Urgent care is appropriate when there is dental trauma, such as bleeding or swelling that will not stop.

While a dental visit is needed to repair the filling, keep in mind, there are steps you can take to care for a tooth when a filling has fallen out.

Your dentist will be able to easily and quickly care for and remedy the lost filling.    

What To Do If A Filling Has Fallen Out And You Cannot Get To A Dentist?

If your filling has fallen out and you cannot get to a dentist right away, following the steps below to care for your tooth.

  • Rinse the area with warm salt water to clean and flush out any bacteria or debris
  • Take over the counter pain relievers such as aspirin, acetaminophen (Tylenol), or Ibuprofen (Motrin, Advil, Aleve) to help alleviate pain
  • Cover the area with dental wax as a temporary plug up the exposed areas

What To Do If A Filling Fell Out And You Do Not Have Insurance?

If you do not have dental insurance, you are not alone.  According to the National Association of Dental Plans, approximately 74 million Americans are without dental insurance.  

Affordable dental care is possible and available through a number of avenues, such as:

  • Dental savings plans
  • Dental payment plans
  • Dental Schools and Community Clinics
  • Short-term loans

Speak with your dentist or a local dental office work with many uninsured patients and can help facilitate a payment plan that works for you and your unique needs.   Some dentists may offer a sliding scale pricing plan which means rates will be adjusted to your income.

How Does A Dentist Repair A Broken Tooth Under A Filling?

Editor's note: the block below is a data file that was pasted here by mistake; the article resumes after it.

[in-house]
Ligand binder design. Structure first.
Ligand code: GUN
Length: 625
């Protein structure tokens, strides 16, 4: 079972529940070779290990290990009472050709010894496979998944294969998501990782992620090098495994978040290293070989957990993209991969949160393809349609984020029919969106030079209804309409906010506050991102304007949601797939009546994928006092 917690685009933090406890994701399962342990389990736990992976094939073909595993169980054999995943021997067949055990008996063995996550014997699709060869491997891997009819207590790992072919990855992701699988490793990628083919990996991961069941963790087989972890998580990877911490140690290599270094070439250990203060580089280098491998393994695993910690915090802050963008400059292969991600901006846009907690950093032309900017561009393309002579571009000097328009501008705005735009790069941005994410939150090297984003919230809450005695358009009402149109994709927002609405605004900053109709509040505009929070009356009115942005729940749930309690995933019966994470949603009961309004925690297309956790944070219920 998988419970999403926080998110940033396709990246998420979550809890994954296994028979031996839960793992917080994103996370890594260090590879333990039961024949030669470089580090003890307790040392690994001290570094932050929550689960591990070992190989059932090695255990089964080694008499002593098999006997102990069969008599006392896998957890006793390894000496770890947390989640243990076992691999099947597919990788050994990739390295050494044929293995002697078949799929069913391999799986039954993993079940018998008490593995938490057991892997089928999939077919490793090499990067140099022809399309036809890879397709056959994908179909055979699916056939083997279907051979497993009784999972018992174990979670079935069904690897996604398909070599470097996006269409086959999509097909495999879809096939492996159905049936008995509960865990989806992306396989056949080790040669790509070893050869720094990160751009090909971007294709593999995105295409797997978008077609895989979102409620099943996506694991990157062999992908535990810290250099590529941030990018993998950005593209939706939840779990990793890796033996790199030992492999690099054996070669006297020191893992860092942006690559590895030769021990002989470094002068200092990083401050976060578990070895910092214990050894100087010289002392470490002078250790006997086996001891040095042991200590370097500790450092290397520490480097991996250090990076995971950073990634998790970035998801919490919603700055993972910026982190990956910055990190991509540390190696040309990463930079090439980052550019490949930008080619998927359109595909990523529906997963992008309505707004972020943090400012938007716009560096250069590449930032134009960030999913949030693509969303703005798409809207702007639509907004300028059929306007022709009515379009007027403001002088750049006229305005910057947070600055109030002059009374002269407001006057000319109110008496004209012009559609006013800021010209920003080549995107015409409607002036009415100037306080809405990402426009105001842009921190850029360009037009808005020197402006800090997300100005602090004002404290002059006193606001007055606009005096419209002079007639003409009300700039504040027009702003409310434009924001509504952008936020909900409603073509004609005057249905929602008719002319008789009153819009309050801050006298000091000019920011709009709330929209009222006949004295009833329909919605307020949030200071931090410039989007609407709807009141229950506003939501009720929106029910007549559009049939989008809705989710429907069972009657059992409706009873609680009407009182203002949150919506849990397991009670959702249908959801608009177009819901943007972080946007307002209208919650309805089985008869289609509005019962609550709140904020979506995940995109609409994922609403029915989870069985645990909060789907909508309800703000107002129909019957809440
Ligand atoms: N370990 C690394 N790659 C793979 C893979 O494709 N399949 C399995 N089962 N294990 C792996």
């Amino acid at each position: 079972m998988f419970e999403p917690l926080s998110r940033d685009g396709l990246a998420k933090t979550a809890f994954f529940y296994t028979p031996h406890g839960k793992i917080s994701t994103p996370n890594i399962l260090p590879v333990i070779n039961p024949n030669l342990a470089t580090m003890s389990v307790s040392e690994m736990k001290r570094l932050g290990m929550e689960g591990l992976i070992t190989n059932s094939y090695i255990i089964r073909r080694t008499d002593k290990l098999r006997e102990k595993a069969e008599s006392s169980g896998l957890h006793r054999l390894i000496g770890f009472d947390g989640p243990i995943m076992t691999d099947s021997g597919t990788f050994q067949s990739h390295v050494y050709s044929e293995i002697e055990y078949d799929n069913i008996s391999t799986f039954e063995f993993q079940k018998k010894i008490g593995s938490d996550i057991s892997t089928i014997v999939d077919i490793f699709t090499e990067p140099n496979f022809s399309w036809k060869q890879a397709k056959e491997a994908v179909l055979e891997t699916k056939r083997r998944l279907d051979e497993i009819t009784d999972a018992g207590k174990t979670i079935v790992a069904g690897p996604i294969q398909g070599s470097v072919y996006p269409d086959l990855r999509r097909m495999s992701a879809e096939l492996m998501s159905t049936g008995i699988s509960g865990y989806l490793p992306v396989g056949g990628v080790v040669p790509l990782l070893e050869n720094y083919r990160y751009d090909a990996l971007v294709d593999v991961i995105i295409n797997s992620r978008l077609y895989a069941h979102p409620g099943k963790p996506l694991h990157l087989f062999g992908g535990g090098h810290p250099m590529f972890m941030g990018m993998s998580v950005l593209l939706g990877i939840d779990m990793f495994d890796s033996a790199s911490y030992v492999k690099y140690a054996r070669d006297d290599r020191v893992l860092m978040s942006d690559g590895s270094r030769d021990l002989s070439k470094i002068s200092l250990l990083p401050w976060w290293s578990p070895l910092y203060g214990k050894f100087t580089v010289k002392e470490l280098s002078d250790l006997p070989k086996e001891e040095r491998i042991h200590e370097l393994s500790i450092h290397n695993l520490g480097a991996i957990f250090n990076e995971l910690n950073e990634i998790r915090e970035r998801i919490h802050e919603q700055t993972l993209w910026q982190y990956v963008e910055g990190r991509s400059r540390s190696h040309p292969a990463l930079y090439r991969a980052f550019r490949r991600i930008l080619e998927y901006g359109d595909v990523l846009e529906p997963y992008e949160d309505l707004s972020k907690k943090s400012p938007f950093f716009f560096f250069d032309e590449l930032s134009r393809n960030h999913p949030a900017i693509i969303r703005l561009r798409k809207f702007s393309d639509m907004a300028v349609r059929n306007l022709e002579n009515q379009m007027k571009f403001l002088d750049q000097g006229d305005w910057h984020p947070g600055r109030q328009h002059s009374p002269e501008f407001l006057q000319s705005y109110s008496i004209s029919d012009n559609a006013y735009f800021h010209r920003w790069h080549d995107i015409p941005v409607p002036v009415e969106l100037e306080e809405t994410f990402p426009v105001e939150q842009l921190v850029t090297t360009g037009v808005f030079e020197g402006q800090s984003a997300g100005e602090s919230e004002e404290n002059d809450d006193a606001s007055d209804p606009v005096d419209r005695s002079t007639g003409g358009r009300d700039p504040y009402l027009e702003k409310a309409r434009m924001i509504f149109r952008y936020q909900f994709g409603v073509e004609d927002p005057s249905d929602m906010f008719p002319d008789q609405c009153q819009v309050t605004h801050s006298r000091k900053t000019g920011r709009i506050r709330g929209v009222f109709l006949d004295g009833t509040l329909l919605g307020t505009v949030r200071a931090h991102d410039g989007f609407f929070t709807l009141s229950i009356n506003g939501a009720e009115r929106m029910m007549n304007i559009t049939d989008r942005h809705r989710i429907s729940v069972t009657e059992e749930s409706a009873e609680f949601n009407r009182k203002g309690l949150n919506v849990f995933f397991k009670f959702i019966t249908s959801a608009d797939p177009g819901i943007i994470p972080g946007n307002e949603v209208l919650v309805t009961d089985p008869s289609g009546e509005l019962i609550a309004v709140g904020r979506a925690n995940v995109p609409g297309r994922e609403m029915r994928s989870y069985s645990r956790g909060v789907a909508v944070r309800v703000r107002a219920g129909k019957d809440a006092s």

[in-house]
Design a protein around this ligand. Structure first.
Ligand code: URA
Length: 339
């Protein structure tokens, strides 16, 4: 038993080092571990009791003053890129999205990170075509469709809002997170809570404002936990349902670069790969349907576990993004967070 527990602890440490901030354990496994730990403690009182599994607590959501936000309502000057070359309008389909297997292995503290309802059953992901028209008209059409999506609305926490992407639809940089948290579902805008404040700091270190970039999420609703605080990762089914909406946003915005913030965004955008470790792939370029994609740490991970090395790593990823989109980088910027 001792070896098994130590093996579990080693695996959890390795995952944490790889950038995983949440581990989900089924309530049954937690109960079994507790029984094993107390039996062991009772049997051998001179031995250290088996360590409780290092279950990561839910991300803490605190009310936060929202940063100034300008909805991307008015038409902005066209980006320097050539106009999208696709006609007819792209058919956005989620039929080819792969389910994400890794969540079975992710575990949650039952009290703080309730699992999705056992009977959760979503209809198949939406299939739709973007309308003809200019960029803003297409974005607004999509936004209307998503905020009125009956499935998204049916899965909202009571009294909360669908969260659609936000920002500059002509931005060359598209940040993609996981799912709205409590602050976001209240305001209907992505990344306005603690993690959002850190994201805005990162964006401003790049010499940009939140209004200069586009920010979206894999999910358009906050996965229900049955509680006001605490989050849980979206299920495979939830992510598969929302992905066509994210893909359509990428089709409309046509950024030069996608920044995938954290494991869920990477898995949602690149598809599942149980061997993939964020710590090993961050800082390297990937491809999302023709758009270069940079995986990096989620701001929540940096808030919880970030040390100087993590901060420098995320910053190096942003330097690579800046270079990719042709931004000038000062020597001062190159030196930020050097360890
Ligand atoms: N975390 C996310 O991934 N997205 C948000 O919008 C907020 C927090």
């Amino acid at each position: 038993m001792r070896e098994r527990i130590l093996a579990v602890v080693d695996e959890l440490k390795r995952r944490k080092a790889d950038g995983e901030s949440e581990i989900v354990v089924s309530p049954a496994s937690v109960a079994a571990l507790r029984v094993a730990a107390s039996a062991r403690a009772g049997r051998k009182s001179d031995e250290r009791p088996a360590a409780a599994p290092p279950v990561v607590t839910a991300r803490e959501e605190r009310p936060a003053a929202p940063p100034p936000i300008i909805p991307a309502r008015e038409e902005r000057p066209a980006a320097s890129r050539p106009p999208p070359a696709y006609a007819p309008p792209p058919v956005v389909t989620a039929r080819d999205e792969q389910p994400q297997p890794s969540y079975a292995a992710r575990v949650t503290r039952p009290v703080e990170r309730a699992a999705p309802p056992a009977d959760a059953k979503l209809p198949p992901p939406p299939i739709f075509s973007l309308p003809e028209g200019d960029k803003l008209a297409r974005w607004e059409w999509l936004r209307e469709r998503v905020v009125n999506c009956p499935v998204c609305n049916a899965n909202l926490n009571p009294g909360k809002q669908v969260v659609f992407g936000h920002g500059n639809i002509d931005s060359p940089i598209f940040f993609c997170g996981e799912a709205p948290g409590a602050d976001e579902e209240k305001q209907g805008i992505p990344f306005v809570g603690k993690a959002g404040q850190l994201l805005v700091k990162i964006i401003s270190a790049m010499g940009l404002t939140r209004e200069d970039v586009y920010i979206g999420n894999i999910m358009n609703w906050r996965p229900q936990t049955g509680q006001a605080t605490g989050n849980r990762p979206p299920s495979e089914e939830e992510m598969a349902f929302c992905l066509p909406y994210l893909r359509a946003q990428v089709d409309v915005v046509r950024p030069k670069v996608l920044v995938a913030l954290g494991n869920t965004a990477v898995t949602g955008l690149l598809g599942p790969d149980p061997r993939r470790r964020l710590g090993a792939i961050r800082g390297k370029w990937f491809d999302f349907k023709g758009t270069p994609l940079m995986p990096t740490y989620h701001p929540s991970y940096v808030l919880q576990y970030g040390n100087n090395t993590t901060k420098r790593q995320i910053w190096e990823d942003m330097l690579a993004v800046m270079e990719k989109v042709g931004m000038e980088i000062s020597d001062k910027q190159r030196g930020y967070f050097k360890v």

Prior to repairing a filling, your dentist will examine the affected tooth.  Prior to the filling repair, your dentist will likely numb your teeth and surrounding gums to maximize comfort and minimize pain during the procedure.

Once the tooth is properly numb, the prior filling will be removed and drilled out, along with any areas of decay in the tooth.  A replacement filling will then be placed in the tooth.

Additional Dental Procedures

In addition to a filling repair or replacement, your dentist will assess the overall health of the tooth and surrounding area.  In some cases, a dental crown or root canal may be necessary.

Dental Crowns

In some instances, a dental crown may be needed to:

  • Protect a weak tooth by holding it together
  • Restore a tooth that was previously broken
  • Cover and support a large filling where there is little tooth left
  • To hold a dental bridge in place
  • To cover a severely discolored or malformed tooth
  • Cover a dental implant
  • To make a cosmetic change

Should your dentist determine the need for a crown, a temporary crown will be made in your dentist’s office while the permanent crown is made in an outside dental laboratory.

Root Canal

If there are signs of infection or deep decay, a root canal may be recommended.   A root canal procedure is needed when the soft tissue (pulp) inside the root canal becomes infected or inflamed.

Additional reasons why root canals may be needed:

  • Crack or chip in the tooth
  • Faulty crown
  • Repeated dental work on a tooth